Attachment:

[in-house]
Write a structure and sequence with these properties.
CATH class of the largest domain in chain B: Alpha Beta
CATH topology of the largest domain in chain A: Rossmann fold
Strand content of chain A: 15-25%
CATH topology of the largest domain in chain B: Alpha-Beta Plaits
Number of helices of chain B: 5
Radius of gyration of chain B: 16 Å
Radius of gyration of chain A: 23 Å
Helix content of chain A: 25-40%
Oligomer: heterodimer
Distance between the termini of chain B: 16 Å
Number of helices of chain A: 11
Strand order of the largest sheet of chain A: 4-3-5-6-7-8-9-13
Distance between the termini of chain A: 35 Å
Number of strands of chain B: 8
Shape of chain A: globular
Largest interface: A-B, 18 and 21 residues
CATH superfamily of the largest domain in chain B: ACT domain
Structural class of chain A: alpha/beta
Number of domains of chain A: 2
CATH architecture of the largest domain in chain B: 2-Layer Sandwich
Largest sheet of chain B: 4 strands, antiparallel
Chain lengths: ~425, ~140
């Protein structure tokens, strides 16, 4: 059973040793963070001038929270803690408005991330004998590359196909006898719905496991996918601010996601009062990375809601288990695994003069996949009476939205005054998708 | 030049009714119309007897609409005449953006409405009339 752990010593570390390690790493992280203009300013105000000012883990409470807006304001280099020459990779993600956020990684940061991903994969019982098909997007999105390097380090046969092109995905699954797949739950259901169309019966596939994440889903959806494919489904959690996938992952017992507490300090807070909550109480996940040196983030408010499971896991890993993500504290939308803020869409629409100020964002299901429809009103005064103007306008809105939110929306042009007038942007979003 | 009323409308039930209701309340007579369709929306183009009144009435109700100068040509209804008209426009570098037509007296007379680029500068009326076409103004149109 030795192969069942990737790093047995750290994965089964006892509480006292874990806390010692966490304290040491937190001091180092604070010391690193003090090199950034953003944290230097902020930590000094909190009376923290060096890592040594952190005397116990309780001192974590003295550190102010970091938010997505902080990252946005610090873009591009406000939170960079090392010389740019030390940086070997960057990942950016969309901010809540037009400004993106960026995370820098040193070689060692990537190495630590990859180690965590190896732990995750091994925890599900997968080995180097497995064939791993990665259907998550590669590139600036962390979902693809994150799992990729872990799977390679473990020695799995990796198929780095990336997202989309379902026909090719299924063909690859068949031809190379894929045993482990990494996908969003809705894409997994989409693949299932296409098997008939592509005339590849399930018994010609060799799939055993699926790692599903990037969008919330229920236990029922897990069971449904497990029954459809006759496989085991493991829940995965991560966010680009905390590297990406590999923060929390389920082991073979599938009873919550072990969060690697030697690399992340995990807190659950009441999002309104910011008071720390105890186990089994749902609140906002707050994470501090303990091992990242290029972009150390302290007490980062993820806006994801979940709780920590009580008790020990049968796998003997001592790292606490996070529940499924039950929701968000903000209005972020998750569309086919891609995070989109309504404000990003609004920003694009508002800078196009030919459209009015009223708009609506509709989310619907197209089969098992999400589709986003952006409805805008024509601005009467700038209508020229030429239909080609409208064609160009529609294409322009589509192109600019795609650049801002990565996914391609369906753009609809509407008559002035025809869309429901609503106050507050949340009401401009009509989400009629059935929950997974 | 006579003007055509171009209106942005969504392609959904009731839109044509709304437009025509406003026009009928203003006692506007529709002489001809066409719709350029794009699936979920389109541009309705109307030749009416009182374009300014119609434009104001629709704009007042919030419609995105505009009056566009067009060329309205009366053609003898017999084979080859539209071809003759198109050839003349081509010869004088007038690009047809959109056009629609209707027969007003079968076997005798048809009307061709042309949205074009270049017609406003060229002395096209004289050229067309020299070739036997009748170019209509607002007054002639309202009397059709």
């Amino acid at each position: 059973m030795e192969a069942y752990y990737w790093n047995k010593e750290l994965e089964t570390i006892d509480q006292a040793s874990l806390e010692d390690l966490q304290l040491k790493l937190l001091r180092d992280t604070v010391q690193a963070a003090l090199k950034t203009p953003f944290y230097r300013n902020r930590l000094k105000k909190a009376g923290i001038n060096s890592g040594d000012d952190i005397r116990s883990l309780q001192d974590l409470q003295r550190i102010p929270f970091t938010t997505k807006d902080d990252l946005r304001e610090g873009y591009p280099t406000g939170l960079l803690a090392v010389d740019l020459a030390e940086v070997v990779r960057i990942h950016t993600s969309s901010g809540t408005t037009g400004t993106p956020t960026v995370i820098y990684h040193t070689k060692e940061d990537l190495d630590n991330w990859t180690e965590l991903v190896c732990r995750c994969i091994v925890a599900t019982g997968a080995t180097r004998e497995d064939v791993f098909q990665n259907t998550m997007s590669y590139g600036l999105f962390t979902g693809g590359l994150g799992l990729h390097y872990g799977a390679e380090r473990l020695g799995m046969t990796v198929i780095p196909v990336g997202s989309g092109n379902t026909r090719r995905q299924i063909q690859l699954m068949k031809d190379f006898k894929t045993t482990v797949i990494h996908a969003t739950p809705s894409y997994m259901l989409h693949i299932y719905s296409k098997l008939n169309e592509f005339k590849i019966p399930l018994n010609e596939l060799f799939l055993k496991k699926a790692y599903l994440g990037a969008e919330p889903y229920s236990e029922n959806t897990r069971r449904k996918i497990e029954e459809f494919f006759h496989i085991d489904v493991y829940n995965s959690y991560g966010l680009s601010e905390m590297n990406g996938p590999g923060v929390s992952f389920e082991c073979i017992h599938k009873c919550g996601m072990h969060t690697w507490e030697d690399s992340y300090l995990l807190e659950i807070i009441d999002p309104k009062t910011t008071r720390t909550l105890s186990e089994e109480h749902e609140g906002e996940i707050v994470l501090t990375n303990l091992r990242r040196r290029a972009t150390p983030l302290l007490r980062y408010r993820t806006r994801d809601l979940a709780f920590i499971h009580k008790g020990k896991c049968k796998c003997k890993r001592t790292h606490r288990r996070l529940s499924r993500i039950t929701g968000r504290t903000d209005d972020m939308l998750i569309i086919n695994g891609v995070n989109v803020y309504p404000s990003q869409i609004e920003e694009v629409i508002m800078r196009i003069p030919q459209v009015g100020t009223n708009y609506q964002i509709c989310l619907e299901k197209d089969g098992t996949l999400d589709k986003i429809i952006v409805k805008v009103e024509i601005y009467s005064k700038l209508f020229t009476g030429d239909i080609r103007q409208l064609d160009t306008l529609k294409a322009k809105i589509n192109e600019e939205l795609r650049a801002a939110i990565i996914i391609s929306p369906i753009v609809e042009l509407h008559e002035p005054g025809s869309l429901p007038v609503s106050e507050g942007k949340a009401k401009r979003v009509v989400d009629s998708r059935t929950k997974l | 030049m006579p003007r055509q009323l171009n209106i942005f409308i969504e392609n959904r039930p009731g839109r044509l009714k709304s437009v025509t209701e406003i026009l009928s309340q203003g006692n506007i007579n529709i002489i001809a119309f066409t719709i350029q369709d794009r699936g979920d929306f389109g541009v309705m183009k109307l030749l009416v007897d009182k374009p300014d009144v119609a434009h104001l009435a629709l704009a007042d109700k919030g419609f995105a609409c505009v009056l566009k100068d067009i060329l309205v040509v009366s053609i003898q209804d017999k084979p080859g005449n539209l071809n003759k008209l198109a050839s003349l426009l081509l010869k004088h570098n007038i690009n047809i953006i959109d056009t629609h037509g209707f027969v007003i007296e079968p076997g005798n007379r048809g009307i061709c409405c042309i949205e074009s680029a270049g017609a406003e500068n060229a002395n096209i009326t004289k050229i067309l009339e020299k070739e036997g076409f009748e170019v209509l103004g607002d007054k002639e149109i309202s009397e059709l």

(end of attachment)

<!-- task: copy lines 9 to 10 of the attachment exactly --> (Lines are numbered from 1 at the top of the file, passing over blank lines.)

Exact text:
Radius of gyration of chain A: 23 Å
Helix content of chain A: 25-40%